Monday, September 13, 2010

GWA: Day 4

By this morning, you could tell that the hectic pace of the Garden Writers' conference was taking its toll from the noise level on the tour buses,  more subdued than that of the first two days.  Our enthusiasm for the five very different gardens remained undiminished, though.  Since my energy is amongst those that are flagging, I'm going to make this brief, sharing only one picture from each garden with you tonight.

The Gibson garden in East Dallas was created by the late wife of the owner, who maintains the garden in his wife's memory.

When the Dallas school district cut funding for the teaching gardens at Stonewall Elementary, the parents and community partners stepped in to provide that funding.  Each of the nearly 600 children in the school has responsibility for one vegetable plant in the garden, nurturing it from its planting through its harvest, and each child maintains a garden journal of their activities and observations in the gardens.  The scope of this garden is both breathtaking and inspiring: it covers perhaps a quarter of the school's property.  Because it was so difficult to capture an overview of the gardens, I chose to show you a single Okra blossom instead.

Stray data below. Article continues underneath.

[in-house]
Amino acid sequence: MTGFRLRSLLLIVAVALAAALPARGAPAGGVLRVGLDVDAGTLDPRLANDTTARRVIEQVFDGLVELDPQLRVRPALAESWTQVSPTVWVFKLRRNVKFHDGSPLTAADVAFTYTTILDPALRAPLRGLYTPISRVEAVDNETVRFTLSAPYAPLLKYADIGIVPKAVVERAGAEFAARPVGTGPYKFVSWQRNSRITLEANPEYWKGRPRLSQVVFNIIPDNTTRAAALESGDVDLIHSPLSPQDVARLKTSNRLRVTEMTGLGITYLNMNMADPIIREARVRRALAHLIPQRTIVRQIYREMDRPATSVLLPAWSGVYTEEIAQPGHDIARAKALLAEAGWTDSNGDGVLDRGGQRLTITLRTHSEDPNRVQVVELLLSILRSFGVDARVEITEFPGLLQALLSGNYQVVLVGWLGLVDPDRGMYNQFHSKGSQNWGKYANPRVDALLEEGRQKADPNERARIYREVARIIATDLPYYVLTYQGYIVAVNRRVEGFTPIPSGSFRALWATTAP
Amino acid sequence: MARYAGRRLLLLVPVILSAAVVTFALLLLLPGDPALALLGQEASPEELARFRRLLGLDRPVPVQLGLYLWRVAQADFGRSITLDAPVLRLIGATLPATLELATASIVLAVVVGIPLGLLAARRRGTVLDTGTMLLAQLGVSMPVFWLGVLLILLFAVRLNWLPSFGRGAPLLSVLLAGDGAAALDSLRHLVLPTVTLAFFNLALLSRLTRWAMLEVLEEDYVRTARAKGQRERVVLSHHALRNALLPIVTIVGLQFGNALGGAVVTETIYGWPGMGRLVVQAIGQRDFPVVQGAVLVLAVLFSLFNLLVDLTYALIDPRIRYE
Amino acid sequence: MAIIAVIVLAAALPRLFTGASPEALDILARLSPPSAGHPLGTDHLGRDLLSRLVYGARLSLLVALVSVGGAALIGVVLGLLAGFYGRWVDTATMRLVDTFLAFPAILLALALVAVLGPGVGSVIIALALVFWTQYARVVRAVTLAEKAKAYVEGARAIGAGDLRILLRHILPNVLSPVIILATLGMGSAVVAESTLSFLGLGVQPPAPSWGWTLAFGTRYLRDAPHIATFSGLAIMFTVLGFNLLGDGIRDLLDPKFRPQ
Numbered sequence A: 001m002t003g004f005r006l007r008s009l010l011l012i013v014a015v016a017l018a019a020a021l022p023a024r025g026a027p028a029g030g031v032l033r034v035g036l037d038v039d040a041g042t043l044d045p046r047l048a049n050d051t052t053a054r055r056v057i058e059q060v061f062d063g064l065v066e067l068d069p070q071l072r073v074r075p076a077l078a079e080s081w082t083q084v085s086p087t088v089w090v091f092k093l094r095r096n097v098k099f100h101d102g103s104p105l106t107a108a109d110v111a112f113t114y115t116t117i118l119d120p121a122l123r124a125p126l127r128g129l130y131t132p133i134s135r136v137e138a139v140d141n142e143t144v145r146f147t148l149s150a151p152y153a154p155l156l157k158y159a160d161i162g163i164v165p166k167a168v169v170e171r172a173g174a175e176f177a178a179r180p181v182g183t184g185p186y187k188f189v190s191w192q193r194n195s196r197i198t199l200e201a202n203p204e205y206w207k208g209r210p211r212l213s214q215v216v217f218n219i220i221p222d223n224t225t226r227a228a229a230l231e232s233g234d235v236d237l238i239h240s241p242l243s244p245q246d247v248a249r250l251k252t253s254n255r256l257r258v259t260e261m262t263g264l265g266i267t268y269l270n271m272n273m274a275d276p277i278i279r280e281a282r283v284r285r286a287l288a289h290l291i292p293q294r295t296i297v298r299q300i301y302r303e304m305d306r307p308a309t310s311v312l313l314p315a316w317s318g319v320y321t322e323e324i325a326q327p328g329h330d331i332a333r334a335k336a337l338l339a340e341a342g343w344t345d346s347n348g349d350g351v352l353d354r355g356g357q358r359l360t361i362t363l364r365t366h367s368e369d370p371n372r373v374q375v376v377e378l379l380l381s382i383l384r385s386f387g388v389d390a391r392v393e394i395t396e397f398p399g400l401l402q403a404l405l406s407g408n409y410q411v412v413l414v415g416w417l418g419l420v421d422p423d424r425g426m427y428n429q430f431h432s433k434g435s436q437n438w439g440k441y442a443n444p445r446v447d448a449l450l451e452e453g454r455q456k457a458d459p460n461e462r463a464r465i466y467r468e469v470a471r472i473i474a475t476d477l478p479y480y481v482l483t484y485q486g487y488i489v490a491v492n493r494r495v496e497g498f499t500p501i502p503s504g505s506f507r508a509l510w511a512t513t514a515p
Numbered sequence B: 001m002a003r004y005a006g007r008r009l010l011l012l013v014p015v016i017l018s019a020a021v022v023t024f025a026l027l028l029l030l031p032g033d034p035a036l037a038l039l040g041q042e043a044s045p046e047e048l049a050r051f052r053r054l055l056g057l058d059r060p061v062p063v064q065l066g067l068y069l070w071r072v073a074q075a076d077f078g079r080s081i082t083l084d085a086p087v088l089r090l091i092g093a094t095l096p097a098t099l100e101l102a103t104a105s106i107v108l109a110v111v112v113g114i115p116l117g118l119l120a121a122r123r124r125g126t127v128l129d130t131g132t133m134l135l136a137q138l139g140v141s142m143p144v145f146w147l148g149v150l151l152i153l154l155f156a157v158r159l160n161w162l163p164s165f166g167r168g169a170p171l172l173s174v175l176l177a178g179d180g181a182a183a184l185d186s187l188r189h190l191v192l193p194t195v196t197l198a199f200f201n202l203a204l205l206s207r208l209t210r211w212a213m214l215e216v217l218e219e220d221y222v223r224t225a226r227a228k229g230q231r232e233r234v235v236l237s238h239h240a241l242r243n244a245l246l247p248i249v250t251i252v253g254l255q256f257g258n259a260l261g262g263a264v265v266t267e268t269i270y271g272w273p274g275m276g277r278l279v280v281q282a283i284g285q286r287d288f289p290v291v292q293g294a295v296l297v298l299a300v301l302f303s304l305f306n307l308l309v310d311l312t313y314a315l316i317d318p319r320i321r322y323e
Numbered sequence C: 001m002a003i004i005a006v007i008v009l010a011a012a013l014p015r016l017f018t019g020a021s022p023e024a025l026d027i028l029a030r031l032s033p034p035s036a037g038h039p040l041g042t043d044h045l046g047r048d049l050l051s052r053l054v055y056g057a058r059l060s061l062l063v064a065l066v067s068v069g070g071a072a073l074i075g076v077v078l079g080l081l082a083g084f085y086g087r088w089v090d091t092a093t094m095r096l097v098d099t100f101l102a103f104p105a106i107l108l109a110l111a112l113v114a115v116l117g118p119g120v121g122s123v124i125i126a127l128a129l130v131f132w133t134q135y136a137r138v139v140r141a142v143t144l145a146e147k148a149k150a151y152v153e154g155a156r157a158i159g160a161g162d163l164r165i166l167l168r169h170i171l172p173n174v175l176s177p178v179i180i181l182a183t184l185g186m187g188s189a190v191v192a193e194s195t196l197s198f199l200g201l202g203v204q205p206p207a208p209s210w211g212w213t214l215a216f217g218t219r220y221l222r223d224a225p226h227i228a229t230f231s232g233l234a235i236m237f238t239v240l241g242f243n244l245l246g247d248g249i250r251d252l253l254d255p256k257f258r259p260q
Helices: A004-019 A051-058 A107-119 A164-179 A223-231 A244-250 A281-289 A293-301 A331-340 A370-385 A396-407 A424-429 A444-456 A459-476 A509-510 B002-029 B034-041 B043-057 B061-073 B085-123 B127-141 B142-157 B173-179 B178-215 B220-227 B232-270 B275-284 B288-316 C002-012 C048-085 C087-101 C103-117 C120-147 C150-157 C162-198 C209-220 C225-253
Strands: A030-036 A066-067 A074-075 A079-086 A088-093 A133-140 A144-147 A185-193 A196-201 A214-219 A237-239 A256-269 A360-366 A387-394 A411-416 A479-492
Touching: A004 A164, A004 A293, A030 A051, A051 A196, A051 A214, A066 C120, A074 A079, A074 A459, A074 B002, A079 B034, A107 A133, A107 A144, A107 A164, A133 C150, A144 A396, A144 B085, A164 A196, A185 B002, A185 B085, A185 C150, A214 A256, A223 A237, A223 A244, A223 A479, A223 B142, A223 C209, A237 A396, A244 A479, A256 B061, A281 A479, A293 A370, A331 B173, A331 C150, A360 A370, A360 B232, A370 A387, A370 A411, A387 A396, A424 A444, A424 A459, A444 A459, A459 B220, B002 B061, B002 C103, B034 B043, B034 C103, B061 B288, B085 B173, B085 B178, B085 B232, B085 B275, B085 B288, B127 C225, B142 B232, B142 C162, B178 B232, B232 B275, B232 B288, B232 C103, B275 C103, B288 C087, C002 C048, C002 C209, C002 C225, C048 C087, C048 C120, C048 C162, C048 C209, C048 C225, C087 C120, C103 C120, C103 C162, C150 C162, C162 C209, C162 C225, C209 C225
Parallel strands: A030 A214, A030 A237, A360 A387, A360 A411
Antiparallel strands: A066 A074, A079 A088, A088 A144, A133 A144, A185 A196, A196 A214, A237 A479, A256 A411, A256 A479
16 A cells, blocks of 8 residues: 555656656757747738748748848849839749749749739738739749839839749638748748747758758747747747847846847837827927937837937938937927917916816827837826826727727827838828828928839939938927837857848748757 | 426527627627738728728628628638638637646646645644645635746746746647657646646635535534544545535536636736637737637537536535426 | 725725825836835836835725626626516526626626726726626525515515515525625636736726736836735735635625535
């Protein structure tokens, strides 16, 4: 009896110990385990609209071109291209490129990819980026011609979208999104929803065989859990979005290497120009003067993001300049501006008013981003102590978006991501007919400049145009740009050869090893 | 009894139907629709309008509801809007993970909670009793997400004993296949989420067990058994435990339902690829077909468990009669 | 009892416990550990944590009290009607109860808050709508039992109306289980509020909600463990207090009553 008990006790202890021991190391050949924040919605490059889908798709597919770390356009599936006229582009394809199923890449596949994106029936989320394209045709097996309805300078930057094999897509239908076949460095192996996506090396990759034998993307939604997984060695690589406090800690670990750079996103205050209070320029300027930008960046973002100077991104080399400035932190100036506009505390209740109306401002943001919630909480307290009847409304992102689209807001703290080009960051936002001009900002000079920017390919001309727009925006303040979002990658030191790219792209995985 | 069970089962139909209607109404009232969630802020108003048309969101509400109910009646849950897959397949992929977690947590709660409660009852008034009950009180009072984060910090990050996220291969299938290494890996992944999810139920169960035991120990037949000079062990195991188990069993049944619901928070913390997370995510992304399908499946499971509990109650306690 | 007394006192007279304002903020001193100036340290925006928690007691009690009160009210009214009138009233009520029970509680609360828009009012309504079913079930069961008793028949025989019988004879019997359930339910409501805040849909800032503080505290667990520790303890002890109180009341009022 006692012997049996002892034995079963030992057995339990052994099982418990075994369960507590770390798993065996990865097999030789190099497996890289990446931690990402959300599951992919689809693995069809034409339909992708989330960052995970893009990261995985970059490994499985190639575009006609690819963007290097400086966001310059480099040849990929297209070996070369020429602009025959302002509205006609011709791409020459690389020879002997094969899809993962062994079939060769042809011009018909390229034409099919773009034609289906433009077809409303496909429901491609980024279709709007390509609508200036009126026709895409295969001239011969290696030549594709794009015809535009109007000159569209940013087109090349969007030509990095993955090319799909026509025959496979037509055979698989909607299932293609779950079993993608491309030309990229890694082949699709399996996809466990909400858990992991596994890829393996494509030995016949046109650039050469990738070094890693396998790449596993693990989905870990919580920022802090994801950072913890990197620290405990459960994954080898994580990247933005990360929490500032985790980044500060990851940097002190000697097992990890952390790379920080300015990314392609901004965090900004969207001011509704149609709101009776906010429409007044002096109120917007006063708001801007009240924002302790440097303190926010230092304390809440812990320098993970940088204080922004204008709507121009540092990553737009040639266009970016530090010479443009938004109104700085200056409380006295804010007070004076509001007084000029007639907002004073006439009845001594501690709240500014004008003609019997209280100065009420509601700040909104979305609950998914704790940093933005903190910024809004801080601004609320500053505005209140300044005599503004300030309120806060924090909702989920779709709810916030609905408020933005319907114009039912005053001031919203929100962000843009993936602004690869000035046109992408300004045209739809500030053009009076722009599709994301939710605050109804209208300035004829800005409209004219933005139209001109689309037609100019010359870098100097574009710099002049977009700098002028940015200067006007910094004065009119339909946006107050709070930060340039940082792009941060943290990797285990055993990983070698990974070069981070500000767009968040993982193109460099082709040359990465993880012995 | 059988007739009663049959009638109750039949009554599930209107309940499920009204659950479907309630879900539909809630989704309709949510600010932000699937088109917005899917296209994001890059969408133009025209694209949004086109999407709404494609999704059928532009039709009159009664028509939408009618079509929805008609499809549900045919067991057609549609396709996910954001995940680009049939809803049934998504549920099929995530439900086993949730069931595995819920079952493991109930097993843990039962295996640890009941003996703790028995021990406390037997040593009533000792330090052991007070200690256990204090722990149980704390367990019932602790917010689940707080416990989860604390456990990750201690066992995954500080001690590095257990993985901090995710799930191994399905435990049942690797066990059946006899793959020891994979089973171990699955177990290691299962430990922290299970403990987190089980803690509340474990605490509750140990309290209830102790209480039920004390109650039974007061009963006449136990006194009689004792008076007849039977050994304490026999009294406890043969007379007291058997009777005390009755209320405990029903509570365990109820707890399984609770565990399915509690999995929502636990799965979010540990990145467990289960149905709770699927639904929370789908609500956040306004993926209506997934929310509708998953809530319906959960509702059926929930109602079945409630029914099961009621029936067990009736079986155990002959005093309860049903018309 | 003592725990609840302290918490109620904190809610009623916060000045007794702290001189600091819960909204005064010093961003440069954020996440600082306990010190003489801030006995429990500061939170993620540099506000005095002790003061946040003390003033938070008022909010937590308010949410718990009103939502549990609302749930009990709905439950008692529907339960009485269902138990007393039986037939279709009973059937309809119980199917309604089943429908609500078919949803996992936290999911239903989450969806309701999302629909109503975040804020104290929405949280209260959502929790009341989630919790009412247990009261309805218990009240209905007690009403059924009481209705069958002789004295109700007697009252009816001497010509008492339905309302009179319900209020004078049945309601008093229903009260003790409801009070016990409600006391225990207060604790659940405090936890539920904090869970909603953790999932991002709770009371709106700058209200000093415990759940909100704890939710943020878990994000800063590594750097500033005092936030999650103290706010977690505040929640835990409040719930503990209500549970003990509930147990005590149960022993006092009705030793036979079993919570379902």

The Rister-Armstrong garden was a captivating melding of  formal English garden design and heat-tolerant plantings in a small space reminiscent of some viewed in Buffalo.  One owner is a former buyer for Neiman-Marcus: his talents were evident both in the garden and in the lavishly but comfortably decorated home interiors, which the owners opened to us as well.  

The Bertram garden was my favorite of those we saw today for the owner's use of found objects (including rusty stuff) and the mosaic works scattered throughout the property.  His funky and eclectic artist's sensibility made me smile.

Heavily wooded, the Patterson property was a serene green oasis and a restful stop after the livelier garden that came before.

 Our final stop was the garden of landscape architect David Rolston, the vision behind the Patterson garden.  Water features are interspersed throughout the landscape.  Coupled with his flowing borders of shrubs, evergreens, trees, ornamental grasses and groundcovers, his garden was another calm and contemplative venue at the end of a hectic morning. 

2 comments:

Elizabeth Barrow said...

Thank you for the tour! I wish I had been there to see the lovely shady gardens. And, by the way, I think okra is as pretty as any hibiscus out there!
Cheers!

Jan (Thanks For Today) said...

Great tour;-)